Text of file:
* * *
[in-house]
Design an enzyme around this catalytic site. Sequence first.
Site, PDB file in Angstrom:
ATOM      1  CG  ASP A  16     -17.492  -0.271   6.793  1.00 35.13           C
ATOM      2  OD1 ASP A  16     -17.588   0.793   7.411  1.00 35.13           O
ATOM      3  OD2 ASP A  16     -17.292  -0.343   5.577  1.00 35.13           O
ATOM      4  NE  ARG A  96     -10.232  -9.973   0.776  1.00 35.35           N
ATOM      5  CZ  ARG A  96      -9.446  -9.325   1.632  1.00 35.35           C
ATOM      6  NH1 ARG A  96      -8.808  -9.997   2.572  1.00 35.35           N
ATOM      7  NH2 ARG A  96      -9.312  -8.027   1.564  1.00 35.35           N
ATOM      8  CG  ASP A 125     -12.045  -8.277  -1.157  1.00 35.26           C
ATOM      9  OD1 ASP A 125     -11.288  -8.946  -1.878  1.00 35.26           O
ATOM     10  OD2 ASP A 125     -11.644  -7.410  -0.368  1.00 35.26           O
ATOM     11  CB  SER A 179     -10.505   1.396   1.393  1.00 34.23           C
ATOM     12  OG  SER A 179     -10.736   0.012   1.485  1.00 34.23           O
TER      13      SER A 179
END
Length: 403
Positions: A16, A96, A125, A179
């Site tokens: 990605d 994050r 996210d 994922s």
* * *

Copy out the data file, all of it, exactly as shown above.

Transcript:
[in-house]
Design an enzyme around this catalytic site. Sequence first.
Site, PDB file in Angstrom:
ATOM      1  CG  ASP A  16     -17.492  -0.271   6.793  1.00 35.13           C
ATOM      2  OD1 ASP A  16     -17.588   0.793   7.411  1.00 35.13           O
ATOM      3  OD2 ASP A  16     -17.292  -0.343   5.577  1.00 35.13           O
ATOM      4  NE  ARG A  96     -10.232  -9.973   0.776  1.00 35.35           N
ATOM      5  CZ  ARG A  96      -9.446  -9.325   1.632  1.00 35.35           C
ATOM      6  NH1 ARG A  96      -8.808  -9.997   2.572  1.00 35.35           N
ATOM      7  NH2 ARG A  96      -9.312  -8.027   1.564  1.00 35.35           N
ATOM      8  CG  ASP A 125     -12.045  -8.277  -1.157  1.00 35.26           C
ATOM      9  OD1 ASP A 125     -11.288  -8.946  -1.878  1.00 35.26           O
ATOM     10  OD2 ASP A 125     -11.644  -7.410  -0.368  1.00 35.26           O
ATOM     11  CB  SER A 179     -10.505   1.396   1.393  1.00 34.23           C
ATOM     12  OG  SER A 179     -10.736   0.012   1.485  1.00 34.23           O
TER      13      SER A 179
END
Length: 403
Positions: A16, A96, A125, A179
């Site tokens: 990605d 994050r 996210d 994922s």